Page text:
We used to sit on that back porch, hard chairs pulled out from the kitchen table and talk, listen to the radio, swat mosquitoes, gossip, and play our ritual night games.
The front porch was the place to see things. People were outside then -- it was hot inside, few folks had air-conditioning ….. My daddy said later that air-conditioning was the single most significant catalyst of the break down of caring for and knowing your neighbors-- but that is a story for a different day.
People sat on their front porches -- in swings, on gliders -- or on what I thought was the most comfortable of the chairs --- the metal shellback with all of that give. I loved those chairs -- you could bounce around on them like a crack baby and no adult ever told you to “be still.”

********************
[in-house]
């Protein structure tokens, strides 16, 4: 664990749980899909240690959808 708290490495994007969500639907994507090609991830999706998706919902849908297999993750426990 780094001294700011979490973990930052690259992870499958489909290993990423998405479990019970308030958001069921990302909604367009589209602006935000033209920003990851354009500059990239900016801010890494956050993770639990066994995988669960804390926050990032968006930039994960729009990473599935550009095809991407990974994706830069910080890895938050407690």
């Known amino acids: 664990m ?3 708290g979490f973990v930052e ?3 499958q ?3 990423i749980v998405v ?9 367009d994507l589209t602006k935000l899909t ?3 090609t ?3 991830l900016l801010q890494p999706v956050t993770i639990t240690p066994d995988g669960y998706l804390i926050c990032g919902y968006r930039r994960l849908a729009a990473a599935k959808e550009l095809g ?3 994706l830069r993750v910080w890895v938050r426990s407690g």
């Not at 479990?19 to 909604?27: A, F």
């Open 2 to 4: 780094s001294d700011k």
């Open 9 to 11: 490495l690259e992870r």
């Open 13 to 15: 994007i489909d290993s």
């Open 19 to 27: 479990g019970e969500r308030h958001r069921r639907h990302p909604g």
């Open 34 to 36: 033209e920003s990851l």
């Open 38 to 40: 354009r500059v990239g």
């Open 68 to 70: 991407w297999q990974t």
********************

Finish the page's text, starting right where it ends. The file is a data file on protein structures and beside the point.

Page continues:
In our neighborhood, folks walked places too. They walked to school, to the grocery store, to the mailbox at the top of the street, to the huge elementary school playground that housed two baseball fields, a basketball court, slides, a see-saw, and ten or fifteen swing.
If we were on our porch, they would wave, stop and talk, or come up and sit with us or sit on the steps. If adults showed up, the young people gave up their chairs so "they could sit" comfortably. When my parents first bought the house, the porch was screened in -- eventually, my mother took down the screen as she saw it as a barrier to others and "too expensive to keep well screened."